Muslimgauze's limited Untitled CD will be released before the end of the year. It will feature the long deleted 7" on Syntactic plus 9 previously unreleased tracks including a pure noise track. Total running time over 70 minutes.

(ed. this release has been amended and will now contain 13 previously unreleased tracks in addition to the 2 from the 7")

Press release from Klanggalerie.

The following appeared in Incursion Publishing.

Music recorded in 1993 but largely not released until now (two tracks are taken from a very limited 7" by Syntactic), this record by the late Bryn Jones offers nothing new for those familiar with his work of the period. Although I am willing to admit that the music of Muslimgauze is sometimes brilliant, but more often merely intriguing, his innovations were far too few to merit his incomparably vast output. The music on this disc is easily compared with Betrayal (which has the same rhythms and beats, minus the vocal / conversational samples) and Maroon (the same, but with different vocal / conversational samples). If it weren't for these affinities with these and other Muslimgauze releases, I would have really enjoyed the moods and rhythms here. Smooth waves of sound, sparse samples of Arabic percussion, electronic beats and vocal samples here are wonderfully mixed and are all characteristic of this period. This music is enchanting and takes hold of the atmosphere filling it with its mood of impending danger. Recommended for those as yet unfamiliar with Muslimgauze, but for those who are I can only recommend caution.

review by Richard di Santo
Incursion Publishing (issue 1 April 23, 2000)

The following appeared here.

In 1996 Syntactic released an untitled 7" single using tracks created by Muslimgauze in 1993. A limited edition, it became one of those missing pieces. Then last year Klanggalerie announced a CD containing those two tracks plus a number of other ones from the same sessions - the number kept changing, but the final release has a total of 15. Why they hadn't seen the light of day before is a mystery to me, as is their sudden reappearance - which I hope was not a cynical move.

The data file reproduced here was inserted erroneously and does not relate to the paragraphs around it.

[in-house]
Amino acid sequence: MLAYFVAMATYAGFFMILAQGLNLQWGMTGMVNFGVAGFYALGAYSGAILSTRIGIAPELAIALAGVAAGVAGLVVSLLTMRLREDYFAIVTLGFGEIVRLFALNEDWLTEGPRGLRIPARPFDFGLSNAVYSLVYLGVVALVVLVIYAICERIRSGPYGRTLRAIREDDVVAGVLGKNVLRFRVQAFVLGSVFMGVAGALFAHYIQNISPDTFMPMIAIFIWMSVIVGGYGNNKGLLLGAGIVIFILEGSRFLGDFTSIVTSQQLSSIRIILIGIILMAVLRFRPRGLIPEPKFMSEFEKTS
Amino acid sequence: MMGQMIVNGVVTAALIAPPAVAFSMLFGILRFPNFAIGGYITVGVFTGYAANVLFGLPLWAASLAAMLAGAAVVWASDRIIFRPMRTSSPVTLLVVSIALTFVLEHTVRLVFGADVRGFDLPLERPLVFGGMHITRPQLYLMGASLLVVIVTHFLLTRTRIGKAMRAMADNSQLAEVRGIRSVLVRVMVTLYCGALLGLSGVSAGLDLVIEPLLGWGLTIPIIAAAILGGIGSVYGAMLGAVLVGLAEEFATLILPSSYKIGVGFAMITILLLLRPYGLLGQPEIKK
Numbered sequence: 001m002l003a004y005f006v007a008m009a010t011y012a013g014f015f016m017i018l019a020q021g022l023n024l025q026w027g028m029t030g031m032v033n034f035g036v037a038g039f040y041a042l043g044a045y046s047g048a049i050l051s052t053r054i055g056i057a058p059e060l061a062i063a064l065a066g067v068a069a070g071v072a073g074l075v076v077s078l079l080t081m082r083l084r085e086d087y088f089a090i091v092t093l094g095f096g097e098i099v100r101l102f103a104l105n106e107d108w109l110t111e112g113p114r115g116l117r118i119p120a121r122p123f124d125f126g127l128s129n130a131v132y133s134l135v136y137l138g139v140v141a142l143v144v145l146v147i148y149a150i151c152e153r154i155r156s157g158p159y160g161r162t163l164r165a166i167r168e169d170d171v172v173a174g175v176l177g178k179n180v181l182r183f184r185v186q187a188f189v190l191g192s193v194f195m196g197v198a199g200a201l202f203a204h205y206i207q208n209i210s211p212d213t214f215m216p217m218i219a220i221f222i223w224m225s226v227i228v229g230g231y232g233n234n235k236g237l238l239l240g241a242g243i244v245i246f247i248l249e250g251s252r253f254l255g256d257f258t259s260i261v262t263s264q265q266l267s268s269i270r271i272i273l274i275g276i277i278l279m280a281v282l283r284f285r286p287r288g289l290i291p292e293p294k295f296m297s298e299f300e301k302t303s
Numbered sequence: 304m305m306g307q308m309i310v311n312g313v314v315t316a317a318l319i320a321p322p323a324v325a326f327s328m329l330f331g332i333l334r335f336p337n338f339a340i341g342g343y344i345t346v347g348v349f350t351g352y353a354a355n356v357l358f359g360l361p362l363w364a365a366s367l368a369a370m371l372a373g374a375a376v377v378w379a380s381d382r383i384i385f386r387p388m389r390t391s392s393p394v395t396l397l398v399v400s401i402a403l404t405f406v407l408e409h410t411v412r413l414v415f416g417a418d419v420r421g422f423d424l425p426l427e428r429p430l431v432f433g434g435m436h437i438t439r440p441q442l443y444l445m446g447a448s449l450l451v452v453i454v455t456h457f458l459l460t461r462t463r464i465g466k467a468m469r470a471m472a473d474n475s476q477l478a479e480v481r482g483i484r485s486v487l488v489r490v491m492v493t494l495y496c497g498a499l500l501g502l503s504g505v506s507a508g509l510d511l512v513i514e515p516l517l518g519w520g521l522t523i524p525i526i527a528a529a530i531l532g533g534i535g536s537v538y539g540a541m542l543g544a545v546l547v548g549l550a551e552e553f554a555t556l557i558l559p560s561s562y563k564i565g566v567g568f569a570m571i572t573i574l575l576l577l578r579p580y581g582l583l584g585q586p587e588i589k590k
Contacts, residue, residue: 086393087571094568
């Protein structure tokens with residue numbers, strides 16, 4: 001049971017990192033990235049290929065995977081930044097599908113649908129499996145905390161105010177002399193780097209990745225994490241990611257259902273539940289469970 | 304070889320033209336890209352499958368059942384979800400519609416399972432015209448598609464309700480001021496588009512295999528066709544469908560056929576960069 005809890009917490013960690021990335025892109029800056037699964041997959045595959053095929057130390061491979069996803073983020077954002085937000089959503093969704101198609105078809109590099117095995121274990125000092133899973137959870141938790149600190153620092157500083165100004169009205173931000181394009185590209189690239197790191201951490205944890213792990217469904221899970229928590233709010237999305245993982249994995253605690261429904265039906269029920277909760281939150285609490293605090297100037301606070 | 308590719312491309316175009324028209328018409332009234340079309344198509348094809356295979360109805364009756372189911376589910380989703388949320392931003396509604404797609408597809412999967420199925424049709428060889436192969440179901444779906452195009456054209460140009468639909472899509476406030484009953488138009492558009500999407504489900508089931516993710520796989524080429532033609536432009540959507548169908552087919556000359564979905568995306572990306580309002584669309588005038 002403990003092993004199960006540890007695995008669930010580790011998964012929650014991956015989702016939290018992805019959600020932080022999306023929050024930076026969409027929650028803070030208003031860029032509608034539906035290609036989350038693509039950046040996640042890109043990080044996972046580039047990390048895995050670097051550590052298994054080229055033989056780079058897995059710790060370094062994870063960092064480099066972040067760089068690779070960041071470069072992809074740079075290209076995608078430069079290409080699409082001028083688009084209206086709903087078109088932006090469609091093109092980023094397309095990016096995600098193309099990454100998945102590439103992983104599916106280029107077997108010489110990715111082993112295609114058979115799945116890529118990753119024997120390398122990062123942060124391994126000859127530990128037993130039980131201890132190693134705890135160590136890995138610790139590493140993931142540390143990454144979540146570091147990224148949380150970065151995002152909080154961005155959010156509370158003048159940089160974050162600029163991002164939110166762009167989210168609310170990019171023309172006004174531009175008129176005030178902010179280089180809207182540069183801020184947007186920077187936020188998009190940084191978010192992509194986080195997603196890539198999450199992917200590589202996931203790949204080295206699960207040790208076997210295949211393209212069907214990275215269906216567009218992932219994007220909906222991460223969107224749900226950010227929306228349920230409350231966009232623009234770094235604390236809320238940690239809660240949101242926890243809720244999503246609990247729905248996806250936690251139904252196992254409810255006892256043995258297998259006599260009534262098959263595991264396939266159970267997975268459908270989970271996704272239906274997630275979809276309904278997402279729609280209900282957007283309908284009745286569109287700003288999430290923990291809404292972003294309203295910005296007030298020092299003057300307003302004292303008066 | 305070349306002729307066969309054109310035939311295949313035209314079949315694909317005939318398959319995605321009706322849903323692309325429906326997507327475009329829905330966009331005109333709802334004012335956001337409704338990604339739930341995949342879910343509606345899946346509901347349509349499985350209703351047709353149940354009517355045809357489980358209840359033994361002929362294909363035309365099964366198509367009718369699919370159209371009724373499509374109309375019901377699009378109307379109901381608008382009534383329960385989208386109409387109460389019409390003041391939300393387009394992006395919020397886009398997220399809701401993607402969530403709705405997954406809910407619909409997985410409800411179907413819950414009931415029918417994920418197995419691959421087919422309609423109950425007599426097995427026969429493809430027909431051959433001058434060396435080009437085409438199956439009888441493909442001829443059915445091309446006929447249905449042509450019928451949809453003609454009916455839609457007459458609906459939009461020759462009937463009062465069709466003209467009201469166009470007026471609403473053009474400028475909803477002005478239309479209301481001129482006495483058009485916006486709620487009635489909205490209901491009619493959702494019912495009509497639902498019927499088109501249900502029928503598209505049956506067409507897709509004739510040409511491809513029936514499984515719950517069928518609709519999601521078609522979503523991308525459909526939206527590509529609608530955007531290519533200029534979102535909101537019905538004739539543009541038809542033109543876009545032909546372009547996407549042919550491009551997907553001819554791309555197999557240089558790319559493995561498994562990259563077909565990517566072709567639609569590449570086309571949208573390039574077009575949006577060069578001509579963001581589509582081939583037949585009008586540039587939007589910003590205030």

My first Muslimgauze release was a second hand copy of Veiled Sisters pointed out to me by Darrin Verhagen at Peril 305 - so probably about 1996. I was captivated by the sound, the drifting voices, that string motif, the subtle percussion. While I enjoy the other various moods of Muslimgauze, that one remains my favourite and one which I hadn't heard as fully in other releases (though the reviews suggest Maroon and Betrayal are along the same lines). Until this disk came to me at least.

This is obviously from the same sessions as Veiled Sisters and even slight re-workings of some of the tapes, giving the album the feel of a remix/third sister. The spoken samples are more prominent on a number of short tracks (3 are about a minute or less, including 18 seconds (5) of a singer who appears elsewhere throughout the Muslimgauze catalogue), but most of the album treads that blissful, shimmering drift that draws you into its ambience. The slow pulsing soft drum and bass, bells, drones and horns, souk-talk all float perfectly over those strings.

The last track, though, is odd - a voice talks about the black box flight recorder on flight 593 and then continues with 4 minutes of scraping, metallic noise. My first, incorrect supposition was that 593 was the Lockerbie 'crash': which could have made this a political statement. As it is I don't know what the flight was, making this hard to read: whether as a comment for or against terrorism or just a sonic experiment. In musical terms it makes a harsh coda to the previous mood.

This album complements Veiled Sisters beautifully, making subtle changes and taking different directions to that album. Why ever it lay hidden and came back, it is a delight to have it now available.

review by Jeremy Keens

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January 11, 2017